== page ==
How Work Became a Mess


Presented by

The Productivity Paradox

Around the world, people are realizing their working lives have become exhausting and unproductive.

We wake up, write emails, sit in meetings, and switch between a dozen or more apps all day, but somehow it never feels like the work is getting done.




Over the last two decades, we’ve taken huge technological strides that should have made work easier. Computing power has grown exponentially as microchips have become more advanced. Our laptops are more powerful than the NASA computers that put people on the moon. 1

The world’s data is expanding, transforming our personal and work lives. As the price of storage plummets, the amount of data we store and share skyrockets.2

And as our data demands have increased, so have the delivery mechanisms. Broadband speeds became seven times faster in less than 10 years.3

Few technologies have spread as quickly as the smartphone, which lets us work anywhere, anytime. Just a dozen years after their introduction, many developed economies are approaching 80% smartphone penetration. 4

Accelerating technologies were supposed to make us more productive — but the reality is quite different.5 Since 2009, productivity growth has almost flattened—a stark contrast to the exponential advances in technology and the tools we work with.

With the benefit of powerful technology at work, you’d expect a surge in productivity. It hasn’t happened. Not only has productivity growth failed to accelerate, it’s actually fallen below the steady growth rate it had before the latest technology boom.

What happened?


In 2000, computers were simple task-oriented devices. We had few software applications and collaborated within relatively small personal networks.

As computers and mobile devices evolved, so did the application landscape. Suddenly, there was an app for everything—and our devices grew cluttered and noisy.

Since each app is a new interface we need to pay attention to, over time our work lives have gotten increasingly chaotic. Our devices ding with unread messages and flash with red notifications.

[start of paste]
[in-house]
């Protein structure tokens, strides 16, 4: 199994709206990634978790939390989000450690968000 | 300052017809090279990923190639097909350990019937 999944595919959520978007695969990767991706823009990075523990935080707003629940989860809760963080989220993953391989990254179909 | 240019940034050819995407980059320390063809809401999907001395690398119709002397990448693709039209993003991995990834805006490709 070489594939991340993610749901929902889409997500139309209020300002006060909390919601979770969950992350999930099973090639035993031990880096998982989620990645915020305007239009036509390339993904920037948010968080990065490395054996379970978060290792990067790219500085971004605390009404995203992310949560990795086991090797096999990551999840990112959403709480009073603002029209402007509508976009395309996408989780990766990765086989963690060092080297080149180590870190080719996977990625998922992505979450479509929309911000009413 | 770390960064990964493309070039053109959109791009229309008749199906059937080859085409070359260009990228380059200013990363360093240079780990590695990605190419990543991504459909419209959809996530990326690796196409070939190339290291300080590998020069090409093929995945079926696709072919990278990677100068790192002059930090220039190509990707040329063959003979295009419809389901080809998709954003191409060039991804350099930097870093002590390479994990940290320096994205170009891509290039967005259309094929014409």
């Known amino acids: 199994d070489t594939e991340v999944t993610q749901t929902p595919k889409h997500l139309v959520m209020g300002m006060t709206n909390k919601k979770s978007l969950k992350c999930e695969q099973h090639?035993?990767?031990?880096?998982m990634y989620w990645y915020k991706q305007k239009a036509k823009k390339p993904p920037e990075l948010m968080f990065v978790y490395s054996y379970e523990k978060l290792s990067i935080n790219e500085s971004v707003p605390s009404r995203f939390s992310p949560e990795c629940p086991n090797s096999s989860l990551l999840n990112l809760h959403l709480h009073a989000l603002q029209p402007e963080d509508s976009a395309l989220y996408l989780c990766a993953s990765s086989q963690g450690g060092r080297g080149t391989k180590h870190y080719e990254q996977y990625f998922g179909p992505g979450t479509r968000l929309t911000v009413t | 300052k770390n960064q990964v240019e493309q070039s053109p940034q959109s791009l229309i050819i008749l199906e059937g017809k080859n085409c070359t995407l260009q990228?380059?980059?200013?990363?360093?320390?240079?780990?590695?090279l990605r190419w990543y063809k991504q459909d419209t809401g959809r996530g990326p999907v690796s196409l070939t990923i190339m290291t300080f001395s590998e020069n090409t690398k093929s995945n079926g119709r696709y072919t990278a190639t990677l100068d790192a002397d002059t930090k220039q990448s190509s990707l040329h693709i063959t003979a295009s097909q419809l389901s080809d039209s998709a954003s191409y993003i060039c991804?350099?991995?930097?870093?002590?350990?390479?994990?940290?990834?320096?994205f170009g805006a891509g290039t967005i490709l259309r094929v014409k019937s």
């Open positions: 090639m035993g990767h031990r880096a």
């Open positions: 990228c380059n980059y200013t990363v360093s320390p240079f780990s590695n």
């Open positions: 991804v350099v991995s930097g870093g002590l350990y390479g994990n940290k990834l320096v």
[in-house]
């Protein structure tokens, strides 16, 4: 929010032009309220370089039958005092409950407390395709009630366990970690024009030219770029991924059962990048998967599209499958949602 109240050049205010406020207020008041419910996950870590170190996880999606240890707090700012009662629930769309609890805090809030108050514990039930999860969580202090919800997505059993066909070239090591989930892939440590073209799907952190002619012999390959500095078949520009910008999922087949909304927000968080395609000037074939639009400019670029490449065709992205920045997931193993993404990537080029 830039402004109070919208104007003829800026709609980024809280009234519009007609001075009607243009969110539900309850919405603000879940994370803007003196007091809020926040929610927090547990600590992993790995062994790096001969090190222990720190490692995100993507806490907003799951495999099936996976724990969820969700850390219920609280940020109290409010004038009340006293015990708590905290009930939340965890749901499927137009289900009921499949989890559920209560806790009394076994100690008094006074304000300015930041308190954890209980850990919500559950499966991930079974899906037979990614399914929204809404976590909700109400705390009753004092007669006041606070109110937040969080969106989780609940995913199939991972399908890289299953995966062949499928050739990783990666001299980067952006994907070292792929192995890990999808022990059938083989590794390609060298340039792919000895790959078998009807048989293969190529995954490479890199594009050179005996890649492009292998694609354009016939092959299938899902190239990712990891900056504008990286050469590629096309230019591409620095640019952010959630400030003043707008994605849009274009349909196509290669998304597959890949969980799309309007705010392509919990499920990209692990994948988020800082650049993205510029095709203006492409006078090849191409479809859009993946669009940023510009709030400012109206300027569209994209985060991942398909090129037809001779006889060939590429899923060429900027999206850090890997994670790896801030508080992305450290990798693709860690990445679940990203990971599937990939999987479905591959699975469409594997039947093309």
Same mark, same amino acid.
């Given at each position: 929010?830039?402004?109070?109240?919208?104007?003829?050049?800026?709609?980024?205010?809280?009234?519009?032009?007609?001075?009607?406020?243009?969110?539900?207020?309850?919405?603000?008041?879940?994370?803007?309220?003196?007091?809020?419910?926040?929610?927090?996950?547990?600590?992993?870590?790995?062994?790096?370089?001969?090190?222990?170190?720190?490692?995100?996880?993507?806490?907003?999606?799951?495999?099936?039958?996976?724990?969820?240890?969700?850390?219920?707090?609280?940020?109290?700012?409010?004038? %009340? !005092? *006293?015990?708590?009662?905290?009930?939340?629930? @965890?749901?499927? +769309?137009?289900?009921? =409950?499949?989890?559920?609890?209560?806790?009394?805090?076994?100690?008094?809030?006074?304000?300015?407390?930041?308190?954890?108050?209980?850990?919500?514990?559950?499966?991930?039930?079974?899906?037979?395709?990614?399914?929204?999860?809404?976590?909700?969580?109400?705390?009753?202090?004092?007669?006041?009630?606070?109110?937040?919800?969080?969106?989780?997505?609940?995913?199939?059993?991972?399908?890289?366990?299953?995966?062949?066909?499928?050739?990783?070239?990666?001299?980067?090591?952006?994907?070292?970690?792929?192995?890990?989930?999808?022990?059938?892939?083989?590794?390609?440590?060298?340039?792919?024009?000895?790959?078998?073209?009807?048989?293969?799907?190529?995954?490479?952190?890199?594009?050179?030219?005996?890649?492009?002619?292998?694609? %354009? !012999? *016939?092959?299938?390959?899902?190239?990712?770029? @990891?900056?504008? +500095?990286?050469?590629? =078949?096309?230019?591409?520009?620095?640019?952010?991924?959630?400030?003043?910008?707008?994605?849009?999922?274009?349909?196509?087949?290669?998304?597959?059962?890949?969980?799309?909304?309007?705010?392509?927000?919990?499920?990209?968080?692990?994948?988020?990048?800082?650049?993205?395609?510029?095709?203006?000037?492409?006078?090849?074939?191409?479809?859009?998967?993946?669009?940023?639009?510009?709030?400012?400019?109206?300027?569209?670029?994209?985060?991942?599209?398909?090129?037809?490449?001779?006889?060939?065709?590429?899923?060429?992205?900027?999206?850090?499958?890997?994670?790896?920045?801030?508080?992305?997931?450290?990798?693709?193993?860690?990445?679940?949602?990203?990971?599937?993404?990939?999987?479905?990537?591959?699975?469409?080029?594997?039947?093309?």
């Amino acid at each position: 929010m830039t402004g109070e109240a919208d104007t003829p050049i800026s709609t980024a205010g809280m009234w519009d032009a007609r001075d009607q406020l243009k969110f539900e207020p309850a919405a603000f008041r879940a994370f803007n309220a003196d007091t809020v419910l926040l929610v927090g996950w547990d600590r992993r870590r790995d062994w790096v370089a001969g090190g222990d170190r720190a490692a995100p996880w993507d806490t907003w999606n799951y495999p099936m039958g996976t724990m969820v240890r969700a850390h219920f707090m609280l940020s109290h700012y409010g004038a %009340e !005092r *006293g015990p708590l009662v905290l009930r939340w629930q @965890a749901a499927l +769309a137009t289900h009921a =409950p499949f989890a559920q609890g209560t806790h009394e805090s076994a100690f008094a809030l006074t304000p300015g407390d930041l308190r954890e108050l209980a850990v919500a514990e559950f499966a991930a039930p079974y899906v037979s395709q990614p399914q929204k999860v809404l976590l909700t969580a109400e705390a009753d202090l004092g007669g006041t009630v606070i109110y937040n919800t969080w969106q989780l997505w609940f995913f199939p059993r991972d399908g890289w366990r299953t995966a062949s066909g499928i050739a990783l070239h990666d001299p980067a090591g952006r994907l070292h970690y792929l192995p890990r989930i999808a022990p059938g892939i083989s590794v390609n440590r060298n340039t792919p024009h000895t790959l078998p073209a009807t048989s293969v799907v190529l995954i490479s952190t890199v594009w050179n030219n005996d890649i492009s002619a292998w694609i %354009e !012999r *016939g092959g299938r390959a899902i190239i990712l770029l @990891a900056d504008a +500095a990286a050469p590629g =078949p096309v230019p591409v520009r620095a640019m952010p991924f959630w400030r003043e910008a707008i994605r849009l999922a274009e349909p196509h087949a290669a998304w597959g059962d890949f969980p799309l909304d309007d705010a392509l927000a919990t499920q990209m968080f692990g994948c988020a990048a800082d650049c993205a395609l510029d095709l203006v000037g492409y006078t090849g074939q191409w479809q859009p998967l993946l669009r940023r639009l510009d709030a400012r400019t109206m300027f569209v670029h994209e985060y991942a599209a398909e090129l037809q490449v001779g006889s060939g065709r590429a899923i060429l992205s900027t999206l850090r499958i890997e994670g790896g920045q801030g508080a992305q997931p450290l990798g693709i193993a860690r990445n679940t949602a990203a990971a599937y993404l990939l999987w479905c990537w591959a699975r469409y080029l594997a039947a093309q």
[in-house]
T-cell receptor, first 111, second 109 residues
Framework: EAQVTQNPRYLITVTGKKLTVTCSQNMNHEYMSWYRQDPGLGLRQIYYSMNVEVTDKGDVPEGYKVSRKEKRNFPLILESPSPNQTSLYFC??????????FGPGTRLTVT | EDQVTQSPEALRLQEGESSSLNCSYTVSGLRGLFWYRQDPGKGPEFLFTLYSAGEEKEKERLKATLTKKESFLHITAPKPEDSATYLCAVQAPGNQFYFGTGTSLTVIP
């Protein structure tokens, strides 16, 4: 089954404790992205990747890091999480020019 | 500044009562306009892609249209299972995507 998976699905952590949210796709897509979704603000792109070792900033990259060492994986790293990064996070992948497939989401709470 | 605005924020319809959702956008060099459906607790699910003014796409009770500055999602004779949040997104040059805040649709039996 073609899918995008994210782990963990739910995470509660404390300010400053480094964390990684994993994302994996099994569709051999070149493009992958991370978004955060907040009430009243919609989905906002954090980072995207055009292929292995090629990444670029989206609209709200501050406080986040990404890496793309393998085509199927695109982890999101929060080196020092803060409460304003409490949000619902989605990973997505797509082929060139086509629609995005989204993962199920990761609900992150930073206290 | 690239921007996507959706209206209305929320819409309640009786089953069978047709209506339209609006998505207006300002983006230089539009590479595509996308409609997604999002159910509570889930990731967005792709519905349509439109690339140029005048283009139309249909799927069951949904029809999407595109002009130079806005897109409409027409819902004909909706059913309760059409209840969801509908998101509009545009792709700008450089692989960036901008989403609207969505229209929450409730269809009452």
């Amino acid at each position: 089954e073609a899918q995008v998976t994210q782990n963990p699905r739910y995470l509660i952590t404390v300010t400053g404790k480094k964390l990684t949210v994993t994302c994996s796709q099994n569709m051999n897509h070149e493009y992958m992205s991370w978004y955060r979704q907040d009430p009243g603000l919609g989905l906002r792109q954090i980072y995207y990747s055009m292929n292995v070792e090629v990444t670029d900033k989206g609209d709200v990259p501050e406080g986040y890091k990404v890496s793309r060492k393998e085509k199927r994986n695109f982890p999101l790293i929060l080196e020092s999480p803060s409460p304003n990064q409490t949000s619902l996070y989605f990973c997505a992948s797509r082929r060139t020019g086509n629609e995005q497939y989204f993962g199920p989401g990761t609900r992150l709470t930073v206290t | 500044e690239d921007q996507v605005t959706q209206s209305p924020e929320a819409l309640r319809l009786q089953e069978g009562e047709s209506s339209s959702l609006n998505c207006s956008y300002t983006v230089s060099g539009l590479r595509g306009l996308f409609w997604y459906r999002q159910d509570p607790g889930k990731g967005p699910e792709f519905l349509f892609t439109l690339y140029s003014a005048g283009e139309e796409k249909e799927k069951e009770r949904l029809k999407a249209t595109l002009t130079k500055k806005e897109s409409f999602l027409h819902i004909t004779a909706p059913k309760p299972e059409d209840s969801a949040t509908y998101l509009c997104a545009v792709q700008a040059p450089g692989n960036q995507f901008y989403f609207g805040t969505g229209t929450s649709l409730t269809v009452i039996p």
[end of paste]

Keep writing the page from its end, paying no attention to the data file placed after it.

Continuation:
Every tool or service we add creates a new network of collaborators and notifications, adding fresh complexities and interdependencies.

The average executive has gone from sending and receiving about 1,000 communications per year to over 30,000 today, or one every four minutes.6

​​The average number of apps used per business increased by 43% in the last four years alone. 7

Work is spread across a growing number of isolated channels, making us disorganized and overwhelmed.

Applications, messages, and people all demand attention, pulling our minds in a hundred directions at once and making it impossible to focus on what’s important.


In reality, we’ve traded a relatively focused, 8-hour workday for a never-ending blitz of distractions and interruptions.

Our attention has become fractured into bite-sized chunks of work that feel productive but accomplish little. With workdays spent bouncing between apps, little of our time is spent on focused work.

As it’s become more difficult to get the important things done, we’ve begun working more during nights and weekends to catch up.

Our devices and the cloud provide a near-constant link to our work, so it follows us everywhere. Even when we leave work, we’re still connected. The new reality is a 24-hour workday and burnout epidemic.




  1. Total transistors per microprocessor over time. Data collected by computational scientist Karl Rupp.
  2. Total amount of data in the datasphere. Based on a joint study by Seagate and IDC.
  3. Median broadband speed in the US per year. Data collected yearly by the FCC.
  4. Smartphone penetration data from Pew Research.
  5. Productivity data from the Bureau of Labor Statistics.
  6. Data from Okta’s Business @ Work report.
  7. Based on a Bain & Company study, reported by the Harvard Business Review.
  8. Based on a report from RingCentral.
  9. From the 2018 Deloitte Mobile Consumer Survey.